The California state budget was passed and signed two months ago but the legislature is still passing trailer bills attached to the budget with small money tweaks and major policy changes. It’s doubtful when voters passed Proposition 25 in 2010 that changed the rules on how the budget is approved they intended the legislature to have such a free hand in delivering new policy.

Trailer bills usually skip the policy committees, are not subject to voter referendum, and take effect immediately after the governor approves the bill.

Such a scheme is fraught with the potential for mischief. And we’re seeing some play out.

The most recent example occurred yesterday when the governor signed a bill passed to rewrite the rules on recalling elected officials.Despite protestations by Democrats that the bill is about protecting voters, the bill is all about protecting Sen. Josh Newman by delaying a recall that has the signatures to qualify for the ballot this fall (under the old rules).

We went down this road before with the majority Democrats passing a bill to change requirements connected to the recall—allowing time for voters to withdraw their names from petitions and requiring the Department of Finance to “study” the cost of the recall. With these procedures in place, the Newman recall vote likely would not occur until the June primary instead of a lower voter turnout election in the fall.

An appellate court threw the first attempt to stall the recall into the freezer on single subject grounds. The legislature quickly passed a substitute bill to satisfy the court before the Secretary of State certified the petition signature count establishing an early election.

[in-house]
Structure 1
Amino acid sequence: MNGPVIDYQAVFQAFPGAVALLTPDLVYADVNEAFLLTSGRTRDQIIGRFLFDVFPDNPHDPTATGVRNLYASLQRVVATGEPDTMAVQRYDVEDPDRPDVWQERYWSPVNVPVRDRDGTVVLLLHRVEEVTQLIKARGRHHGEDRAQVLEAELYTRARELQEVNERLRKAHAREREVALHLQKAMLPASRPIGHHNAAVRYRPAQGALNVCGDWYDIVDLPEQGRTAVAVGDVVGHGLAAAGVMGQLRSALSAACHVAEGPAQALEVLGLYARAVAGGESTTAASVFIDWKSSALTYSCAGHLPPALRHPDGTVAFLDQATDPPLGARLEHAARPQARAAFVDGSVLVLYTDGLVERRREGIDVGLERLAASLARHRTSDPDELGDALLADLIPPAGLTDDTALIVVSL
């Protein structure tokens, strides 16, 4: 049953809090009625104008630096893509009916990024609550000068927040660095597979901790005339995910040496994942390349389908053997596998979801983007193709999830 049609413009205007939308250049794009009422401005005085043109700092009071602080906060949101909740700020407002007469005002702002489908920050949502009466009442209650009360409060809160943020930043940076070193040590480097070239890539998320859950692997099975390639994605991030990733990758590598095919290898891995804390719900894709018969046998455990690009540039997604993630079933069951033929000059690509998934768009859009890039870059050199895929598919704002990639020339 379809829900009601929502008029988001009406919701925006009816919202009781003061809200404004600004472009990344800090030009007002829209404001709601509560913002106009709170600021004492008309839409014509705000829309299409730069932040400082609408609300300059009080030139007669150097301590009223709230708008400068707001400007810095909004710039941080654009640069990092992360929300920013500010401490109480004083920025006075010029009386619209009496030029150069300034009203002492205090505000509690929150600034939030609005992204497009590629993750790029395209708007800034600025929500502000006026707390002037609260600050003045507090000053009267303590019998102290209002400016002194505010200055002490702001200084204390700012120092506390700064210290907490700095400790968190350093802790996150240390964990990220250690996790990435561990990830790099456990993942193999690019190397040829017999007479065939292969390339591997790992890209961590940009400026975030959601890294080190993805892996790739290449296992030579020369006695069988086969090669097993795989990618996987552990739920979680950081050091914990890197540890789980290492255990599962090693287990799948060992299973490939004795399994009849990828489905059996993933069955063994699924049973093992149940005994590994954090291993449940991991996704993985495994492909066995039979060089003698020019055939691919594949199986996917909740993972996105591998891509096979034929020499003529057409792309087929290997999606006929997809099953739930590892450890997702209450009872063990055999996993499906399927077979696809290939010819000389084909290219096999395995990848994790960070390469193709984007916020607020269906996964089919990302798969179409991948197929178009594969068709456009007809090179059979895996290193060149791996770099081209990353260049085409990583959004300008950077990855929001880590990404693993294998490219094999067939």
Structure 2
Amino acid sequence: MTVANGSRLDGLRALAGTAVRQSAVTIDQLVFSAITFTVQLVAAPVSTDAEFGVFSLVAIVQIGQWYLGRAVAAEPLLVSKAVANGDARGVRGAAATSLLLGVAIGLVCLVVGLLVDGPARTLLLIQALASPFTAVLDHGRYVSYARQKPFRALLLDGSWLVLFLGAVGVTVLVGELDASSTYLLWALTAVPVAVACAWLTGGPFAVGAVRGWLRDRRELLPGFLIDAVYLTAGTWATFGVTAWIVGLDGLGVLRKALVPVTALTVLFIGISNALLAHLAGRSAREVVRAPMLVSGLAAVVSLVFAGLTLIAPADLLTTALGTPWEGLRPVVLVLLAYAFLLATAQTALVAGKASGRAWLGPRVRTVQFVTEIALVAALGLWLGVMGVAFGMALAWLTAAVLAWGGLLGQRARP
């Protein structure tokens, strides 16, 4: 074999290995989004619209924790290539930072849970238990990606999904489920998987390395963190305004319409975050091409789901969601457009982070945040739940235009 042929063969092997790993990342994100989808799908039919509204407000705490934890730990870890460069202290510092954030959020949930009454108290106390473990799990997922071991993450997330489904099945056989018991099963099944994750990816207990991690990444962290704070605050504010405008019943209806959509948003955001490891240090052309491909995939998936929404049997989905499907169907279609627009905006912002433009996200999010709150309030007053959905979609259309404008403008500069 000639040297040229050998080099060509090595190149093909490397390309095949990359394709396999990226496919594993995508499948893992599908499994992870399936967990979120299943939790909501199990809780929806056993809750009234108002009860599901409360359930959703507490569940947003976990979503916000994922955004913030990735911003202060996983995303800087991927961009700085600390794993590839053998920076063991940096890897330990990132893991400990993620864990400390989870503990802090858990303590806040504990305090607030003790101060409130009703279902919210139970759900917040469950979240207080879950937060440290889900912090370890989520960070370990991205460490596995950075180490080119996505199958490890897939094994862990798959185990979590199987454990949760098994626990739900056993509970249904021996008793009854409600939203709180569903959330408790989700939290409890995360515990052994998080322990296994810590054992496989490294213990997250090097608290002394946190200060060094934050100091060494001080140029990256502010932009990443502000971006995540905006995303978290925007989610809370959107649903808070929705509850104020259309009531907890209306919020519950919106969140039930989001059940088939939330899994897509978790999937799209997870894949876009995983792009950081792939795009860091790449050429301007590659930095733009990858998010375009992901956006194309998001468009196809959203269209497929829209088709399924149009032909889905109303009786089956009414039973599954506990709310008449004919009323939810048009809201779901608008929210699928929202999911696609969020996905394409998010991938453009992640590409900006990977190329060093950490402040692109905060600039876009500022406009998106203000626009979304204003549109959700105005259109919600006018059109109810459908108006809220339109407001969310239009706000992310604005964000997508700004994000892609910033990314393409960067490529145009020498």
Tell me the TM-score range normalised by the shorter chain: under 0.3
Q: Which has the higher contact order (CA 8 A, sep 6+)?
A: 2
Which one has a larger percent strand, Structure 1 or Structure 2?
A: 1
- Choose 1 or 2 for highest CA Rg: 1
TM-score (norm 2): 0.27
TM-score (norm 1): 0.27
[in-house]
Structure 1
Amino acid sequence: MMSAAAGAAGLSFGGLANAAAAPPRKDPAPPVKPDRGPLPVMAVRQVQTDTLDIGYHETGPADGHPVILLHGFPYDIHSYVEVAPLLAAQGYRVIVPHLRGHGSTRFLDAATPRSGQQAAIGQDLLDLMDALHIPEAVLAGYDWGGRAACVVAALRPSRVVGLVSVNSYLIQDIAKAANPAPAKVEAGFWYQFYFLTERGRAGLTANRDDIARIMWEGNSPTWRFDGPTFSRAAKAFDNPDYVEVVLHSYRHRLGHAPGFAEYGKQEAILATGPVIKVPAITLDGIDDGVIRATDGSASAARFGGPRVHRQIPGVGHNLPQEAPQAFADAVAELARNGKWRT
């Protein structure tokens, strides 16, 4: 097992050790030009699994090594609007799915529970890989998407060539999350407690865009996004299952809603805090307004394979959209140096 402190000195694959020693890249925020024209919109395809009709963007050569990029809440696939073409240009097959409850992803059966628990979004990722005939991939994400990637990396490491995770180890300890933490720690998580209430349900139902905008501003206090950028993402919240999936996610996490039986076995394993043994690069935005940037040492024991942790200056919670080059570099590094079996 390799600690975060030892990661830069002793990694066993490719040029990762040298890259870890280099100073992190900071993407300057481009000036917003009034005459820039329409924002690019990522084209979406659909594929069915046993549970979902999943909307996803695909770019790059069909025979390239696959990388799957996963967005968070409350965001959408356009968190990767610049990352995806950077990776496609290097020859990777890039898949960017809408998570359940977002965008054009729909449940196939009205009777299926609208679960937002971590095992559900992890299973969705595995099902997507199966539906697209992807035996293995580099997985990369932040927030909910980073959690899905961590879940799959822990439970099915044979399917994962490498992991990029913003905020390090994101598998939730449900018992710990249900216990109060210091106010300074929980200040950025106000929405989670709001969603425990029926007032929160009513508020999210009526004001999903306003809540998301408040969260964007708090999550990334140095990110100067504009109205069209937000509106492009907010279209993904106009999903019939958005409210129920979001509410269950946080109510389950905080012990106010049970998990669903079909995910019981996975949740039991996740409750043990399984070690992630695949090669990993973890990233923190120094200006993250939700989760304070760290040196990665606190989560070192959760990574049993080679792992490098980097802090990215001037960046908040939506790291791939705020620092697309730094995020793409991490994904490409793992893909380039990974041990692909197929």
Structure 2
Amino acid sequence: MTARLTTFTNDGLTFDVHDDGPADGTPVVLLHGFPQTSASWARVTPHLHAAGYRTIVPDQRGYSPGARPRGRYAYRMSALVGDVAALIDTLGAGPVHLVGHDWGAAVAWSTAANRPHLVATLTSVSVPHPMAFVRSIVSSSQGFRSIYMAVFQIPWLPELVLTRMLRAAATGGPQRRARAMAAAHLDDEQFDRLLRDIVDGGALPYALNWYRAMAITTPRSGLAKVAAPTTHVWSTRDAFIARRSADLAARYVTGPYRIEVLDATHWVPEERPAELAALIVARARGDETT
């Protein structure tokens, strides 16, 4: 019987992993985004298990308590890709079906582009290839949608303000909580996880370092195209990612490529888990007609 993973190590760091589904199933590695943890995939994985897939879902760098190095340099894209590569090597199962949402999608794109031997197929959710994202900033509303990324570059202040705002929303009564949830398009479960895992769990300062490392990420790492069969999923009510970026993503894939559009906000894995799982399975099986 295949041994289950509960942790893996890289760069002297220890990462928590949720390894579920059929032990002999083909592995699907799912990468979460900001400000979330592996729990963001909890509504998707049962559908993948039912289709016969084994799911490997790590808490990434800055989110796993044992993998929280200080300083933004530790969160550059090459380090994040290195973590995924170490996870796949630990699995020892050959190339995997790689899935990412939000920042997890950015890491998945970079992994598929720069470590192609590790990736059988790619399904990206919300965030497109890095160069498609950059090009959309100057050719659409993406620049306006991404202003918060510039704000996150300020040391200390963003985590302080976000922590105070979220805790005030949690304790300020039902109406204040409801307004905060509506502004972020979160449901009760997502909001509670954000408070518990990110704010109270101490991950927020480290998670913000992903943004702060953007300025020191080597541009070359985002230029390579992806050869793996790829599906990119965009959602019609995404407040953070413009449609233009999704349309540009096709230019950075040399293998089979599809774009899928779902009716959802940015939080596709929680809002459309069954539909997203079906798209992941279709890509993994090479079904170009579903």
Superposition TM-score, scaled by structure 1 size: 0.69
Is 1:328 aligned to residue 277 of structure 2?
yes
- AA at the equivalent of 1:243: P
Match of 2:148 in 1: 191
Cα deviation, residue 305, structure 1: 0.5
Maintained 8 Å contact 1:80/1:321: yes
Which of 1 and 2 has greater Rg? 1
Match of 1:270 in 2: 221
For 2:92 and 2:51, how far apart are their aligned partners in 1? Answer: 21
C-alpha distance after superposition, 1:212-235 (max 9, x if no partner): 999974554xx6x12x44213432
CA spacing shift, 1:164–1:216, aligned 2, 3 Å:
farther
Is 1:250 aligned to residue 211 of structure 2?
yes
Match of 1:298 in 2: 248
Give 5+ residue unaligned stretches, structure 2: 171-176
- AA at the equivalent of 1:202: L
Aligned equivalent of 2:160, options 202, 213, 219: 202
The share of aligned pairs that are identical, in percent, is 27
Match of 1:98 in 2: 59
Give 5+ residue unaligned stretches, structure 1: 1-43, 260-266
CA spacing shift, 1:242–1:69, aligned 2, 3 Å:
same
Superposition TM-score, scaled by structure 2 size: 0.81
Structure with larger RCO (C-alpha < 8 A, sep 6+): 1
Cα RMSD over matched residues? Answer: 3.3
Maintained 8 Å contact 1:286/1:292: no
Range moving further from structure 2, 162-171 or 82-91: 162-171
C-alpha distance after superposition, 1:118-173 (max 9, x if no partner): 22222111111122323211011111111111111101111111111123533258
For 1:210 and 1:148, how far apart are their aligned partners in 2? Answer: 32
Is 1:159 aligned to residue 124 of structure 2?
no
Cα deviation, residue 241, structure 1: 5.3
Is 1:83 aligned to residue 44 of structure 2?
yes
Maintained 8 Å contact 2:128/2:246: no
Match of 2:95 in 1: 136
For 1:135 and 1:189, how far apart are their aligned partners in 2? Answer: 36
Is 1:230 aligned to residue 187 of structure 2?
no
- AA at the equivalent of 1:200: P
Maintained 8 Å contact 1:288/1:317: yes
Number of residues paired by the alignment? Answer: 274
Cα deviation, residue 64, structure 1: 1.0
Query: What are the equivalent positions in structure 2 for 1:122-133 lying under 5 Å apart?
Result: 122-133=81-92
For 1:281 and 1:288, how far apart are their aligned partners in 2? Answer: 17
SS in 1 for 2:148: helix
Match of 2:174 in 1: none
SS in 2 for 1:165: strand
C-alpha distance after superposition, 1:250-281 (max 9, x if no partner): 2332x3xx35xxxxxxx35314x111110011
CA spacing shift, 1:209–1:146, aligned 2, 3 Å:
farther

The proposed rule changes contained in the trailer bills are effectively retroactive measures enacted to affect a ballot campaign that is already in progress.

Imagine your favorite baseball player hits the ball over the fence and goes into his home run trot when a league officials jumps out of the stands and stops him. The rules have changed while the ballplayer was running around the bases, the official says. Now to successfully hit a home run you have to hit the ball completely out of the stadium into the parking lot. The ball you just hit over the fence does not count. Under new rules, a home run requires more distance.

For the recall, it now takes more time. That’s pretty much the situation the recall proponents face with the Democratic majority changing the rules.

Budget trailer bills have become more of a menace as the state suffers under one-party rule. The law allows for the budget trailer bills to have some connection to the budget, can pass with a simple majority vote and can go into effect immediately.

The concern over how the trailer bills could be used in ways to erode government fairness was flagged by then Sacramento Bee columnist Dan Walters even before the vote on Proposition 25: “Thus, it could be a vehicle for secretly passing special-interest favors that may have no real budgetary purpose. Conceptually, it’s a step forward. In practice, however, it could have insidious and corrosive consequences.”

Corrosive to be sure.

Walters followed up a couple of years later with examples of what he called “skullduggery” in using “so-called trailer bills.”

“One was aimed solely at making it more likely that voters would approve Gov. Jerry Brown’s sales and income tax ballot measure by jumping it over others to the top of the November ballot. Several others were giveaways to public employee unions, which are the Democrats’ chief source of funds for their own campaigns and the tax measure,” Walters wrote.

In addition to the big rule changes on the recall, trailer bills were used this year to expand the number of people prohibited from buying guns and allowing unions to make a pitch to newly hired employees. Important policy matters but not really budget matters in a real world sense.

Maybe its time to define when budget trailer bills are truly related to budget matters.